Friday Grab bag: a little bit of everything

1. Google has uploaded some beautiful new satellite imagery of Pyongyang. Some parts of it are easier to see than others, and I have not gone through it all, but here are some fun, quick discoveries:

1. There appears to be a new aircraft runway in Ryongsong-guyok (룡성구역, 39.127835°, 125.777533°).  Maybe not, but maybe.

2. The Ryugyong Hotel is looking more and more like a space ship:

3. We can see 2012 building construction all over the place.  Below are the new apartments Kim Jong-il recently visited (L) at the foot of Haebang Hill and (R) behind the Central District Market (for artists).

Here and here are the KCNA stories about Kim’s visits to the sites.

Here is a photo of the artist-housing under construction.

The Haebang Hill apartments are built on the former location of the “Monument to the Fallen Fighters of the Korean People’s Army”.  See a picture of this former monument here.


2. DPRK TKD in USA. As I mentioned a couple of days ago, a North Korean Taekwondo team toured the northeastern US this week.  I wish I could have seen one of the shows…but here are some clips from the New York show on Youtube: Part 1Part 2Part 3Part4.

They did a great job and are tremendous athletes.  I hope they are able to return soon–and make it a little further south.


3. DPRK sand animation. This week KCNA posted some very interesting video of a “sand art” demonstration.  Very skilled performance. A viewer was able to rip the video and post it to YouTube.

Pictured above is the “Ryugyong Hotel fireworks” part of the performance.  Part 1 of the piece is here.  Part 2 of the piece is here.  The whole performance is well worth watching. If I could ever be a tourist to the DPRK again, I would want to see one of these performances.

UPDATE: A special thanks to Prof. Stephan Haggard for offering a helpful explication of the piece.

In a similar vein, this piece remains my favorite of the genre (from Ukraine).


2. Kim’s Train (Retro). Last week I posted recent video footage taken from inside Kim Jong-il’s train.  This week I post some retro footage taken in the 1970s(?):

You can see the video here.  The room set up is essentially the same, though Kim’s tastes have obviously changed!


3. The CNC backpack.

Here is the source.  Learn more about CNC here.


4. A North Korean artist reproduced da Vinci’s Last Supper for an art show in Russia. See the Russian-language version of the BBC here (picture-8 ). (h/t L.P.)



2 Responses to “Friday Grab bag: a little bit of everything”

  1. NKeconWatch says:

    Korea Today (2011-12) posted a story about the DPRK’s sand art:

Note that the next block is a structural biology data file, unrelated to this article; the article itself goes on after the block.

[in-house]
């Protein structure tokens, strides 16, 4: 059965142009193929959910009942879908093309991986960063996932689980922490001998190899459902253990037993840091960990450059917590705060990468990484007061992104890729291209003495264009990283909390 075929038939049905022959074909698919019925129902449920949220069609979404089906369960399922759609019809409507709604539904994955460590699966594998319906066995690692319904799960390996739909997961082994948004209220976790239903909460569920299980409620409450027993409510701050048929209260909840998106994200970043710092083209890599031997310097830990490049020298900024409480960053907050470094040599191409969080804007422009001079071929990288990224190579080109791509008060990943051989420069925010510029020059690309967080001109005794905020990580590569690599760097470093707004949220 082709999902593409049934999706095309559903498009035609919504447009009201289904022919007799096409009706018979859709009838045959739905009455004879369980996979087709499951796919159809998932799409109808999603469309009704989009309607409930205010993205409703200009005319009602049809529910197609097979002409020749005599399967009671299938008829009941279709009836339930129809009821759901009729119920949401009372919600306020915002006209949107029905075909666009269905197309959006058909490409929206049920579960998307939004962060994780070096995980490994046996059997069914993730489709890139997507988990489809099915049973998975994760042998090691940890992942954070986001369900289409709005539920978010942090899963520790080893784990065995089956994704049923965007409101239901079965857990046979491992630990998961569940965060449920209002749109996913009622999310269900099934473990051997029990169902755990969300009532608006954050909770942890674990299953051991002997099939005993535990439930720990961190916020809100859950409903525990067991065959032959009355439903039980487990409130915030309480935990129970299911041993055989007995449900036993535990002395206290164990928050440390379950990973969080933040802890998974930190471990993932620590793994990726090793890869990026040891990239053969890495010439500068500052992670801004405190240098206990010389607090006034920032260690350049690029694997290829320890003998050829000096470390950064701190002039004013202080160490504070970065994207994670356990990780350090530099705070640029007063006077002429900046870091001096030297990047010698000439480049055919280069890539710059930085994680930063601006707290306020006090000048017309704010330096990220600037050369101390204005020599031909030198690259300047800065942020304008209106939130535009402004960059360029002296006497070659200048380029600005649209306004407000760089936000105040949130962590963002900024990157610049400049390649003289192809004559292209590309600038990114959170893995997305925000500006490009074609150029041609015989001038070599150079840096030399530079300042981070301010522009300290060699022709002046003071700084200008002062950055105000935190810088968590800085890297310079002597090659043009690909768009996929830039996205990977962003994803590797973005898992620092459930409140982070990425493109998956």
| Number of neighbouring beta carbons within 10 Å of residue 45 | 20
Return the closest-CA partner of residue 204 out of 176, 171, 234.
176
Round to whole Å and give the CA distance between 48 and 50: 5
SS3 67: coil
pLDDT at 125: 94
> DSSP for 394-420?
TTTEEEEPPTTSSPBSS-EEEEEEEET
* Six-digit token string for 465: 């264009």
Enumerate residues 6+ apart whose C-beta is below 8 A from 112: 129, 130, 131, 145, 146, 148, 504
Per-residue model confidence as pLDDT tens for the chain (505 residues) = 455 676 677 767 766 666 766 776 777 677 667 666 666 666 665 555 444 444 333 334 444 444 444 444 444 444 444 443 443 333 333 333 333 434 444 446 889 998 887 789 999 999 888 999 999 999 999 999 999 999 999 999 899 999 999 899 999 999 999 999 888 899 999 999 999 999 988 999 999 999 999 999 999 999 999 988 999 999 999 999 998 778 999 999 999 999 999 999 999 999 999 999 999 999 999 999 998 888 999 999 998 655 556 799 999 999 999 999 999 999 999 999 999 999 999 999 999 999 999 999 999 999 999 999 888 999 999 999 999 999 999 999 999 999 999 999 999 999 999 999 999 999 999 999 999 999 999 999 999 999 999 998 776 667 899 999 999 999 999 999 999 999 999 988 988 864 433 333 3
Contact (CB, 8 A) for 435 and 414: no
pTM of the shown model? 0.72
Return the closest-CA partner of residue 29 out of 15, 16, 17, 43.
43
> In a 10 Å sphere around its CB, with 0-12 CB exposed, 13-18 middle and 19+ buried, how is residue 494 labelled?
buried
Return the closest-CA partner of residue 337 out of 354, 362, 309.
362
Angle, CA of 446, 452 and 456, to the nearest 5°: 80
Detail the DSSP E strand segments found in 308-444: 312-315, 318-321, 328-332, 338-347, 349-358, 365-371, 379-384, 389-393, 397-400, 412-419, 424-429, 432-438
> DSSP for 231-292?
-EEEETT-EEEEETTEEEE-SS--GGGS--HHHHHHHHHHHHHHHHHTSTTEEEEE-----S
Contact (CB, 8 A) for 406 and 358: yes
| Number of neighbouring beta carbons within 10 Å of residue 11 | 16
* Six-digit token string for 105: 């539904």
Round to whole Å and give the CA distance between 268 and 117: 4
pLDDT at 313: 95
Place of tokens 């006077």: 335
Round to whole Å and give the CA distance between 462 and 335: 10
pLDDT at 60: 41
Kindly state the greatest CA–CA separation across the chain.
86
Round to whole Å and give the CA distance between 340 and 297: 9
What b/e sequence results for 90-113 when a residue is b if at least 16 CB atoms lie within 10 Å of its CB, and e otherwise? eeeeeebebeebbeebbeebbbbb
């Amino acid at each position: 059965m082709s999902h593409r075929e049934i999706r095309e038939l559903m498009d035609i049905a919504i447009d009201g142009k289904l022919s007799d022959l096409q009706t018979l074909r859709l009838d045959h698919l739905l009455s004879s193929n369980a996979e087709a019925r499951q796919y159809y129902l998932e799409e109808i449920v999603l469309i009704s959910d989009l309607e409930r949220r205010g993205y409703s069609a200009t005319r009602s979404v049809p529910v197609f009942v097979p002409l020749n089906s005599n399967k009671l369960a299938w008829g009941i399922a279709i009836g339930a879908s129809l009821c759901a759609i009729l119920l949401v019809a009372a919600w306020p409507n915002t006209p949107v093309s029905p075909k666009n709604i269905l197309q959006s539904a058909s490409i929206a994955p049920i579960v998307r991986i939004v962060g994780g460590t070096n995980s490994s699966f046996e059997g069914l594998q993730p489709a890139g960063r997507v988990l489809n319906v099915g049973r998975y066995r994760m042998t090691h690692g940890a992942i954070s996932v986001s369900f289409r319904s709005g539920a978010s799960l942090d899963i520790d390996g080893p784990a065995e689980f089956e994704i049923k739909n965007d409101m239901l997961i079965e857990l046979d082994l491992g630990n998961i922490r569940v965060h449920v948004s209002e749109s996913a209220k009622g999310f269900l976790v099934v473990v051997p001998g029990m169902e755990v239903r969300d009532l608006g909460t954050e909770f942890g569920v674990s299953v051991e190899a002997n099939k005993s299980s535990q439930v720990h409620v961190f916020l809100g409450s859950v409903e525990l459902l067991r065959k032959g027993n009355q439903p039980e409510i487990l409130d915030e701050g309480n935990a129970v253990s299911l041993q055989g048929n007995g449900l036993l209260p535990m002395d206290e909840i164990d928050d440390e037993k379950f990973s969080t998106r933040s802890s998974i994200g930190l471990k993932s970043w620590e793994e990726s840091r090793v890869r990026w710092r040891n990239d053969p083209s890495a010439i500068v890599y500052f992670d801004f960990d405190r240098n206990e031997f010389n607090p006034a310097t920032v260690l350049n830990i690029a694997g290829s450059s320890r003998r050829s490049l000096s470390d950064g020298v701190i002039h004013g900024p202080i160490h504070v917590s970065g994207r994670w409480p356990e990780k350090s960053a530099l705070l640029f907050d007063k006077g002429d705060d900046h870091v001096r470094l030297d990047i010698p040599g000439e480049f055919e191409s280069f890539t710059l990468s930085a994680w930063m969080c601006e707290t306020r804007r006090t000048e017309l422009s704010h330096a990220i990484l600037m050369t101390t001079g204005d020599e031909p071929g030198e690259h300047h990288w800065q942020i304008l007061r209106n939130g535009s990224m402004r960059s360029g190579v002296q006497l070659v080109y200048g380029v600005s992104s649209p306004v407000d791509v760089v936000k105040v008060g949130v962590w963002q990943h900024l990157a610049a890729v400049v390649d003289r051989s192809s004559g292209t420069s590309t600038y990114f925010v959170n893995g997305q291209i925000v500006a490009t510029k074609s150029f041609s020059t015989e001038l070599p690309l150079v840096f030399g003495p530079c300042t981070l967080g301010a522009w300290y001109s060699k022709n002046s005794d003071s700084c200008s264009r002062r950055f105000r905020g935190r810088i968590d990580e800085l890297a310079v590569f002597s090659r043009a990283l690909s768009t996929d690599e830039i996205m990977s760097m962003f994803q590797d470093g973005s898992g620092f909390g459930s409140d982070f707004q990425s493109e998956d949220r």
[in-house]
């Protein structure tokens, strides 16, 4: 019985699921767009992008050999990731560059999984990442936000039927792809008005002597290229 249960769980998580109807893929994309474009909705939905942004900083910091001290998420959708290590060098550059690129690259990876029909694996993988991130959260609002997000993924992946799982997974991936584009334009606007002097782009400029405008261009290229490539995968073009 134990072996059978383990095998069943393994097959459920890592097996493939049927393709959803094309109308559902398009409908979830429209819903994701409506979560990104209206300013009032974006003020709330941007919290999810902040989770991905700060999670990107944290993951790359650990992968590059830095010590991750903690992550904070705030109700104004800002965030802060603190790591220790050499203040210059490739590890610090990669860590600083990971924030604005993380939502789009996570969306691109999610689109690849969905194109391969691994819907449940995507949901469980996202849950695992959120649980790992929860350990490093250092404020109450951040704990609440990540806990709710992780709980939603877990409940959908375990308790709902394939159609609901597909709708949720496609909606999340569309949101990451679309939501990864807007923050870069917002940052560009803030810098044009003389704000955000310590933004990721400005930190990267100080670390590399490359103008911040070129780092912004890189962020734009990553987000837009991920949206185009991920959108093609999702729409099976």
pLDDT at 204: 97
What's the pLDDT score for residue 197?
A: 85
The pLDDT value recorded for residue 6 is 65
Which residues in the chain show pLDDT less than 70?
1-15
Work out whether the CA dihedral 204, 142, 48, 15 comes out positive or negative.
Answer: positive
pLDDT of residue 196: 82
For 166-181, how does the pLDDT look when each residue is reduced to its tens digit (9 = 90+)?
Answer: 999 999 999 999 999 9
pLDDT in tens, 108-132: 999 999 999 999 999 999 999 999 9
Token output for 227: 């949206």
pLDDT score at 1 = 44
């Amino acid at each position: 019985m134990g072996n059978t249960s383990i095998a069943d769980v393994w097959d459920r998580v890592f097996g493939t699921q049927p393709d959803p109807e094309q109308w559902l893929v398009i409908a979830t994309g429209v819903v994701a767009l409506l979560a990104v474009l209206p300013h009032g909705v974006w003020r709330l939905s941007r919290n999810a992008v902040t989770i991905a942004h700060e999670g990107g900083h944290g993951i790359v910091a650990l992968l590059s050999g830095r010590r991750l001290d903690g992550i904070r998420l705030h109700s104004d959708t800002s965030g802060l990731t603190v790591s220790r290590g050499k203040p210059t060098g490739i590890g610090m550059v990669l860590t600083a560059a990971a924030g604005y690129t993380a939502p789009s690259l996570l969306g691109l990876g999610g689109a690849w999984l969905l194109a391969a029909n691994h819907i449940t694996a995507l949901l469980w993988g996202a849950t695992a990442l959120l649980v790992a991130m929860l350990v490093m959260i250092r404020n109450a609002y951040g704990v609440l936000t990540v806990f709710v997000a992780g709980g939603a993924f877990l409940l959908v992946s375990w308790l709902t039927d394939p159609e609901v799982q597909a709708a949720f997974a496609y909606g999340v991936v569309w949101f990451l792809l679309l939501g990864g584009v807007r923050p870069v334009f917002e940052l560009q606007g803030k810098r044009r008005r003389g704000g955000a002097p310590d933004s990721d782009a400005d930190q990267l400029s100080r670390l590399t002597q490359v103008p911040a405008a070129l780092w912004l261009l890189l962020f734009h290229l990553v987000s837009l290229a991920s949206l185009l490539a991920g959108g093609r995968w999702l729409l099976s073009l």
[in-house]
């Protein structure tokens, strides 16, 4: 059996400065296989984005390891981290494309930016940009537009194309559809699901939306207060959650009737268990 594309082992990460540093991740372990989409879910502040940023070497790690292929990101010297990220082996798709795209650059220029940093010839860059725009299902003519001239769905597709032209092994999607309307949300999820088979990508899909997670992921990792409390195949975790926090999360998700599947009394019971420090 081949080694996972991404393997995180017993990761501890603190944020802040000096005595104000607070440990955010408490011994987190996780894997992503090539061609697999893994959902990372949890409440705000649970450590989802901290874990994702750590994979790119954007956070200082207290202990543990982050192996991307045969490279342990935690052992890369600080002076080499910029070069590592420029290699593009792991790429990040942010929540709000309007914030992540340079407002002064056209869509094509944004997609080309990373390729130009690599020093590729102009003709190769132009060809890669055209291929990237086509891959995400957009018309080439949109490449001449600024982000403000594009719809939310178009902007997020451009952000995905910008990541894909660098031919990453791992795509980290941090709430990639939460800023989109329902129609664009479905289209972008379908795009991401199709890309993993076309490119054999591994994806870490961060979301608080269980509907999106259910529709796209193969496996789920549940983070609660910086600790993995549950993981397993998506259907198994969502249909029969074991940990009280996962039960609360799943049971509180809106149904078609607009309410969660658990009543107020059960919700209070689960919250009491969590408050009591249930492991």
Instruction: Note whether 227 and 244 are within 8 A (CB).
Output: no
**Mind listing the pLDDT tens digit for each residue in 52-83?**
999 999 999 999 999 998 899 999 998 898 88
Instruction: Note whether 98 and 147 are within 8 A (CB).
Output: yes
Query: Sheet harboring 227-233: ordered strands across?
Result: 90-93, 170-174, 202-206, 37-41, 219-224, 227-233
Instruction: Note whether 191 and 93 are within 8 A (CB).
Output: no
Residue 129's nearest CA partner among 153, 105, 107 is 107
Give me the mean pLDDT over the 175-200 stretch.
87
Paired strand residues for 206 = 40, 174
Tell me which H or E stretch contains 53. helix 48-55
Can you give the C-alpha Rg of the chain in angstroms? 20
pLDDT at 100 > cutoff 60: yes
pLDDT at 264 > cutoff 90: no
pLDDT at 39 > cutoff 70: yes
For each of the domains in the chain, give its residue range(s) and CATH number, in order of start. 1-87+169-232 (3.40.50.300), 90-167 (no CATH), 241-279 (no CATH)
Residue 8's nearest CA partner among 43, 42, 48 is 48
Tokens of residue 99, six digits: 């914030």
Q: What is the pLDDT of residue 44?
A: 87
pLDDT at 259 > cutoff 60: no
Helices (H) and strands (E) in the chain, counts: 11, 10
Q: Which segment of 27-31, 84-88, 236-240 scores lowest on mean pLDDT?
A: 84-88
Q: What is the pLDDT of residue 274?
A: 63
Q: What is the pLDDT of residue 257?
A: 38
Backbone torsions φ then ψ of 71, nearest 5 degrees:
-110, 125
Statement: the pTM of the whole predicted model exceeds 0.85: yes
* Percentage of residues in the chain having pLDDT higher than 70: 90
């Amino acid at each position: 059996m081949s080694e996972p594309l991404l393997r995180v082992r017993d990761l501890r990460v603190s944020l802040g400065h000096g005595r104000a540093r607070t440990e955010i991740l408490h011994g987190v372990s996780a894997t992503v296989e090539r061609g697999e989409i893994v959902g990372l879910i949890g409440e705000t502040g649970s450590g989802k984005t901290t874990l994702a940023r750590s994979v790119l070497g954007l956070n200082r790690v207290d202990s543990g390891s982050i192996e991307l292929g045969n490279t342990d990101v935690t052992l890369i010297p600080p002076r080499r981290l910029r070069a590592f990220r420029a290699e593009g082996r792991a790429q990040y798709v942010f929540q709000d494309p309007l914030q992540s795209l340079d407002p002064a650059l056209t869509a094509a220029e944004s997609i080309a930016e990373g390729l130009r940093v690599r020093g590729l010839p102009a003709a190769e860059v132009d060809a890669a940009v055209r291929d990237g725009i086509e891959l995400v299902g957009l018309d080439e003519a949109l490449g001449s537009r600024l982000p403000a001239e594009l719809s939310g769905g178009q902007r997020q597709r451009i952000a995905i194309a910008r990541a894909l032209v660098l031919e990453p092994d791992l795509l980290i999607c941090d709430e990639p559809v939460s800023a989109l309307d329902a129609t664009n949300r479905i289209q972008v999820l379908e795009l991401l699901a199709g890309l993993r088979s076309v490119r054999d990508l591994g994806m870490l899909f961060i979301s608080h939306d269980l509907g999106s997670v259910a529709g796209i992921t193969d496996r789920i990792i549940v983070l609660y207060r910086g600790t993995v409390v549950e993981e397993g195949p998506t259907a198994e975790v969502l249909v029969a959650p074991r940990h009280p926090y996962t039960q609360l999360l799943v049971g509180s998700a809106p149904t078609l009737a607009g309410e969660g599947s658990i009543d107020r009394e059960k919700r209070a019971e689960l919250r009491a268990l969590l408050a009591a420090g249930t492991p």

Some time ago the East Pyongyang Grand Theatre gave a sand-picture show with music, creating a sensation among the audience. When delicate pictures appeared on the screen as the artists made various finger movements to the accompaniment of music, the spectators felt as if they were in a dreamland.Handfuls of sand are scattered on a sheet of glass, then there appears the picture of a face with eyebrows, eyes, a nose and lips on the screen, in less than a minute, all created by the artist’s finger movements. “How wonderful! All sand pictures are lifelike,” the spectators admired in unison.It is not long since sand picturing with music began to be developed in Korea. All of the artists are in their twenties. On the basis of their study of the global trend in the development of sand pictures and their peculiarities, they pooled their wisdom and efforts to create their own methods of representation in the art. They racked their brains to solve the problem of poor definition of sand pictures and strove to invent a picture mode pleasant to the audience. At first, they used only right hands, but later began to use both hands, which was rather toilsome and required much time.After tireless efforts, however, they succeeded, in less than two months, in presenting a sand-picture show based on their own methods of representation. Originally, the sand picture was inferior to pictures drawn on paper or cloth in line, brightness, cubic effect and representation. But those created by the Korean artists are characterized by vividness, emotionality and impressiveness. The show is given to the accompaniment of music played by a group of performers, not by a few players or of recorded music. Besides, two artists draw contrasting objects on the same screen or work together to depict one object, producing a deep impression on the spectators.The Korean artists’ sand picture is also characterized by distinctness, simplicity and fineness typical of Korean paintings. The sand picture Hung Bu and Nol Bu based on the classical novel The Tale of Hung Bu written in the 18th century portrays kindhearted Hung Bu and his wife cutting a large gourd and the greedy behaviours of Nol Bu, his elder brother, as vividly as actual scenes. Another sand picture My Wife based on the song of the same title created recently has won popularity by impressively depicting the scenes of a pretty girl presenting a bouquet to a young discharged soldier and of the couple going ahead towards the brighter future, leading their lovely daughter by the hand.These sand pictures mirror the spirit of the times, and their beautiful and fresh representation helps implant a correct view of life and love for the country in the people’s minds.Kang Un Ju, one of the artists, says, “To keep your feet firmly planted on this land and work hard to gain on the rest of the world—this is our motto today. We’ll exert ourselves still harder to break through the frontiers in the field of stage performance.”Article by Kim Won Nam